Student Workshop on Civil-Military Operations by Noah Kulak (A’19)

by tuftsigl
Apr 29

War has always included an element of uncertainty, a gray zone, made more intense by the different ways wars are waged today.  Battle lines are murky.  Enemy combatants blend into the urban or rural communities.  Even the end goals may be unclear to both policymakers and commanding officers alike.

I was privileged to be part of an ALLIES delegation that visited the United States Military Academy at West Point to learn about how the U.S. Army intends to address such challenges.  It was part of the 2018 Student Workshop for Civil-Military Operations, focusing on “Operations in Dense Urban Environments,” and the USMA Mission Command Conference, exploring the organizational and ethical challenges of commanding small units.

The speakers for the workshop included Cpt. Brett Reichert and Cpt. Mark Zwirgzdas, recently returned from advising Iraqi forces in Mosul, and retired Gen. Raymond T. Odierno, the former Chief of Staff of the Army. Gen. Odierno and others emphasized that as the military’s role now includes foreign aid, advising, and community relations in combat zones, it is even more important to cooperate with NGOs and local groups in order to succeed. Odierno was confident in the Army’s capability to fulfill its missions, but candid about the difficulties and confusion of multilateral operations. At the Mission Command conference later that day, we were given a sobering rundown of the tragedy and costs associated with this uncertainty.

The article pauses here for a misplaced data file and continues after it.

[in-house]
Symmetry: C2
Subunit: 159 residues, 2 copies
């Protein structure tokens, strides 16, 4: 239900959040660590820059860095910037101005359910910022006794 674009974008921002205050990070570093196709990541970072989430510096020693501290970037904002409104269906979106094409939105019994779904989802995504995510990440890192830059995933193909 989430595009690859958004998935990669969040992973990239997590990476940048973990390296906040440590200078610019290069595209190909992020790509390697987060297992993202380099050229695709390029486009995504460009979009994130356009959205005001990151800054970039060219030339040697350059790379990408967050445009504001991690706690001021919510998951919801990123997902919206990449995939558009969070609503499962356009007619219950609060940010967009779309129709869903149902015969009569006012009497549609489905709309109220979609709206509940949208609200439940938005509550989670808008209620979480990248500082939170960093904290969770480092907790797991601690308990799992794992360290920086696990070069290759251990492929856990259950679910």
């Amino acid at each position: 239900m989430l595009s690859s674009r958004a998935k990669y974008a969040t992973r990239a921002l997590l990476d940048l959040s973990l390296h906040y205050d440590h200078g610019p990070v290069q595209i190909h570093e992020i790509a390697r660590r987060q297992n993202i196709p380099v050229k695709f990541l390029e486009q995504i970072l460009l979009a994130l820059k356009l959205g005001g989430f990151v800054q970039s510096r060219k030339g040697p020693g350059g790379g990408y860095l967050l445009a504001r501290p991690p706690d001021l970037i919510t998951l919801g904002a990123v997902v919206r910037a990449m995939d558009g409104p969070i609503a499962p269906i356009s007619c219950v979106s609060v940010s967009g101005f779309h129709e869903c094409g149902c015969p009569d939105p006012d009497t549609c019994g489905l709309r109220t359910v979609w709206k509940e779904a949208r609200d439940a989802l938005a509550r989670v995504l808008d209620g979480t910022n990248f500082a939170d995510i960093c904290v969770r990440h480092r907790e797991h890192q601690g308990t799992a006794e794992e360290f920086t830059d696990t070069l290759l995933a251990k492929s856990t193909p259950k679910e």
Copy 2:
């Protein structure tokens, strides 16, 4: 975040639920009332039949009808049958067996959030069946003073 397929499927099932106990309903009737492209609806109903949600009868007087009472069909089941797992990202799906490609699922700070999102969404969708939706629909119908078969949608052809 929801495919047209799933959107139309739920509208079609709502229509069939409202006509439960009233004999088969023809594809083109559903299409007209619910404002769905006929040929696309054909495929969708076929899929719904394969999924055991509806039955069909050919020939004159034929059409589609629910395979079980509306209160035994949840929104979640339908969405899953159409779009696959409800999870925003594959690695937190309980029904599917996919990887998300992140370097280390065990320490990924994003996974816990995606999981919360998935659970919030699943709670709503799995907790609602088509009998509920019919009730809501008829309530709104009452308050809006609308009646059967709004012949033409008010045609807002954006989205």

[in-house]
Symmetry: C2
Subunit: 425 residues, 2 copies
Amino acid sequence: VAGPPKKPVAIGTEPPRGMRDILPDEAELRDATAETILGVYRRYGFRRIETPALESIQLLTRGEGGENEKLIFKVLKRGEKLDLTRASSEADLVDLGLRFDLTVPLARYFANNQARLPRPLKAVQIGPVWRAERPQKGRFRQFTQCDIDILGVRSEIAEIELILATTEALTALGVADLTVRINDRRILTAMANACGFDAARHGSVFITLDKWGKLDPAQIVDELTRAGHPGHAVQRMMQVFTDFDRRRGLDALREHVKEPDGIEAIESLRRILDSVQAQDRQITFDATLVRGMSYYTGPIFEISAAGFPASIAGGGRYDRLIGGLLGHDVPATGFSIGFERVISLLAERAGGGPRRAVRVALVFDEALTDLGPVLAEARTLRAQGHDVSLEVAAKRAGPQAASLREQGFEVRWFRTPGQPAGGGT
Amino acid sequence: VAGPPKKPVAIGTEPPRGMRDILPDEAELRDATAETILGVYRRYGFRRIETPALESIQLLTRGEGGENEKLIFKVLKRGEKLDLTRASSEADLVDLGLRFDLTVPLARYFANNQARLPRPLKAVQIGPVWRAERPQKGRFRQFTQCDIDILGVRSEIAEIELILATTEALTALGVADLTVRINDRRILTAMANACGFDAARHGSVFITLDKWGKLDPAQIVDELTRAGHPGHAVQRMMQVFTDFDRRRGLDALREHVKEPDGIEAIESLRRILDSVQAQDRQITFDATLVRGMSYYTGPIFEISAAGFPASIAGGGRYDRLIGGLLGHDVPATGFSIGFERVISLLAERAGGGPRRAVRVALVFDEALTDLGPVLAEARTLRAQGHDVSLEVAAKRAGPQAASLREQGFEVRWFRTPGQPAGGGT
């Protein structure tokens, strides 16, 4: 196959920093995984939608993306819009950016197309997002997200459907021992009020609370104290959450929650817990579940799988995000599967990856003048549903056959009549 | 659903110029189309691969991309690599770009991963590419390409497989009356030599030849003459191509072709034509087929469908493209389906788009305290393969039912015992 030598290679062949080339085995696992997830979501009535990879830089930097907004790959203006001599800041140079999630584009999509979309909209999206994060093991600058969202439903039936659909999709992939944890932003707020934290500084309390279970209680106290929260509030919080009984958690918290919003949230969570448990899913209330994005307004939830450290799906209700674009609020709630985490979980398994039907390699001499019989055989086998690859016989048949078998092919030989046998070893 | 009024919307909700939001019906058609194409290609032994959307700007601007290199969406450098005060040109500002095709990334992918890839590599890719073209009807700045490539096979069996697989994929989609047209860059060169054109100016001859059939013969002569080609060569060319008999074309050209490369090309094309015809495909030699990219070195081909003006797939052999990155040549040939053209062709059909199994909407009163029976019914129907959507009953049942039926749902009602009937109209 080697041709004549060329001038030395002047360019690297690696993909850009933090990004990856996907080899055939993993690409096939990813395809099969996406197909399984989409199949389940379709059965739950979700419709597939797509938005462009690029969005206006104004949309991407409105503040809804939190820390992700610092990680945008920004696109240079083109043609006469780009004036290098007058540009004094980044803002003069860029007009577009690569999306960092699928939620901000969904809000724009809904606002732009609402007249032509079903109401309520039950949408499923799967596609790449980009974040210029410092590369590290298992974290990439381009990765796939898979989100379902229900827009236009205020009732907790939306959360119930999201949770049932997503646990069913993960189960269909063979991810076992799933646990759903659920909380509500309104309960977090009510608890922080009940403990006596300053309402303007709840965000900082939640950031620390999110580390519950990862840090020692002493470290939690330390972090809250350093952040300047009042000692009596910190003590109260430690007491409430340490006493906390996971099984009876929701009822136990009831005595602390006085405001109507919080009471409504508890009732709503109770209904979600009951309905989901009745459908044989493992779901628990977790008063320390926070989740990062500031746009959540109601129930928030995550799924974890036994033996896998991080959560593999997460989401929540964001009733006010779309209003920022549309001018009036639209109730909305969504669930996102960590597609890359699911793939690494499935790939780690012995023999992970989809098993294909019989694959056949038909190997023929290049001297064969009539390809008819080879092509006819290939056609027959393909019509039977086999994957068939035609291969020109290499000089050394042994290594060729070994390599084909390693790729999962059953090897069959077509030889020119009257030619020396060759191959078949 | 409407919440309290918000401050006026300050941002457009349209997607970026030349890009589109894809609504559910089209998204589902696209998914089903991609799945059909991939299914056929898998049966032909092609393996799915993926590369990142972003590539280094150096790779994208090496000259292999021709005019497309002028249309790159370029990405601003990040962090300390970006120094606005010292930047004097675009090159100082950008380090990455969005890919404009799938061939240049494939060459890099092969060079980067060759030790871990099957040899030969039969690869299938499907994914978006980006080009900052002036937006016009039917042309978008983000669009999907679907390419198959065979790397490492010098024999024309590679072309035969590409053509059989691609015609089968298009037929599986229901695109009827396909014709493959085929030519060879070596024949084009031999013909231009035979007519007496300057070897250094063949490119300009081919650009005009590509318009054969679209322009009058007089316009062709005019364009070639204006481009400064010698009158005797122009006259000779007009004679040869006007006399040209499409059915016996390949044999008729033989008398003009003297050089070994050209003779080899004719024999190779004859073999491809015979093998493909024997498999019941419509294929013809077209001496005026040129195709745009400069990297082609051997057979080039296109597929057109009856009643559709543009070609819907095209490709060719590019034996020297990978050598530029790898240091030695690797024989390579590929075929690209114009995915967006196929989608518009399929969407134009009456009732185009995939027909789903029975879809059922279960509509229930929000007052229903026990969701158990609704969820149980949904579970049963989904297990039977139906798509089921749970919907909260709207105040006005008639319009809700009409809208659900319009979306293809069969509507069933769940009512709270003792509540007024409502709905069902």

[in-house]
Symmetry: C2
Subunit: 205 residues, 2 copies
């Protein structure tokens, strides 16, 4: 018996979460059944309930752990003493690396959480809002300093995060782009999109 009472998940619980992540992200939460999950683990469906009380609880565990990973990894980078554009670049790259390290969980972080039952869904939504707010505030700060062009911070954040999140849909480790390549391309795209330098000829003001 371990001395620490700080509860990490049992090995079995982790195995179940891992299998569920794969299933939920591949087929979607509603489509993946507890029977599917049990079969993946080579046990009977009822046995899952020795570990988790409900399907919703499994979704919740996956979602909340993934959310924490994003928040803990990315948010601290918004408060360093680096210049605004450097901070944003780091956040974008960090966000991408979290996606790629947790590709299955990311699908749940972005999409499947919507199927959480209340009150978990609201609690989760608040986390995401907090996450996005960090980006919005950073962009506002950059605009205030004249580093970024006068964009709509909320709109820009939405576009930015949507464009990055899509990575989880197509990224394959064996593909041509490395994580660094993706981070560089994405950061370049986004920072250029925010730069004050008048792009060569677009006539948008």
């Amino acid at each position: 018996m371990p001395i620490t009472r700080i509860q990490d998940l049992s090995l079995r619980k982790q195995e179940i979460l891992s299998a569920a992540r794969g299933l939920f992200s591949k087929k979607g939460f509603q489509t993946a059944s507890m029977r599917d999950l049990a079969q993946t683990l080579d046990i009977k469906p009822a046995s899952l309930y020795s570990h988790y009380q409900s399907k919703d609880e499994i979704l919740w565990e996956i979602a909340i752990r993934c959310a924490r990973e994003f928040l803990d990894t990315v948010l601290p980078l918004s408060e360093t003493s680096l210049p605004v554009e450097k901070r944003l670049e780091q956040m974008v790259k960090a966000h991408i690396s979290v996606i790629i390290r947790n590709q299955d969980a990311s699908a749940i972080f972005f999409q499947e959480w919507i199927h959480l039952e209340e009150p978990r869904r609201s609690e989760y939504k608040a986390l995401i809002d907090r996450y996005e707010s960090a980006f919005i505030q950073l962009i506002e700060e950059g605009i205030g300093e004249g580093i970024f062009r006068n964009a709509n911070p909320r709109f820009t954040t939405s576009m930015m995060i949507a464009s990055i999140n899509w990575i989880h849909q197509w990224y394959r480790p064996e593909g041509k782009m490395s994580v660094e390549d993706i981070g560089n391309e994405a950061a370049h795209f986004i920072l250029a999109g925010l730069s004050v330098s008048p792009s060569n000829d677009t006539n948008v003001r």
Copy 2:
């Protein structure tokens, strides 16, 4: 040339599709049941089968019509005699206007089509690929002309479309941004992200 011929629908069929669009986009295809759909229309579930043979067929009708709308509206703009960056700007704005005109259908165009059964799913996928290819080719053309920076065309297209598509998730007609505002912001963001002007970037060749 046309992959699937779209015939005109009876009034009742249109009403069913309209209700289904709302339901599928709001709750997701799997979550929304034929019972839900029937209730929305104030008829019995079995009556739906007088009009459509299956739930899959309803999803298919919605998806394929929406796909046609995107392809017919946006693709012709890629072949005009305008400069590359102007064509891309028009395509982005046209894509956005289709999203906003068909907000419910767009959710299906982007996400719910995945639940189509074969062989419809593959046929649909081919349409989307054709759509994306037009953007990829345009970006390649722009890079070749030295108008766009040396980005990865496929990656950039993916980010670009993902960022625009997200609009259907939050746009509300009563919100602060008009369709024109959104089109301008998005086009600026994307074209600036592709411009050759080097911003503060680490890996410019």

The lecture, entitled “Building Trust in Today’s Army,” dealt with the Mahmudiyah rape and killings committed by U.S. soldiers in Iraq in 2006. We had read beforehand Black Hearts, a nonfiction account of the responsible unit’s operations in Iraq, but it was a surprise to see former members of the unit come up on stage and talk about their experiences. All emphasized the toxic command atmosphere at every level in 2006, from the unclear political objectives commanders had to translate into orders, to the lack of basic supervision of soldiers. But we heard echoes of the morning’s discussion as soldiers discussed how they had treated a battlefield filled with gray areas and independent forces as black and white and had eventually become convinced that all Iraqis were their enemies. 

Members of the unit, PFC Justin Watt and Sgt. John Diem, had gone around their commanding officers to report the war crime. Diem made a powerful case for a different black and white morality, where soldiers’ ethical behavior and lines that could not be crossed mattered for the long-term success of any mission. While the workshop showed how the U.S. Army is strategically preparing for complex and multilateral operations, we came away convinced that the lessons on moral responsibility Watt and Diem put forward at the conference are equally necessary for their success.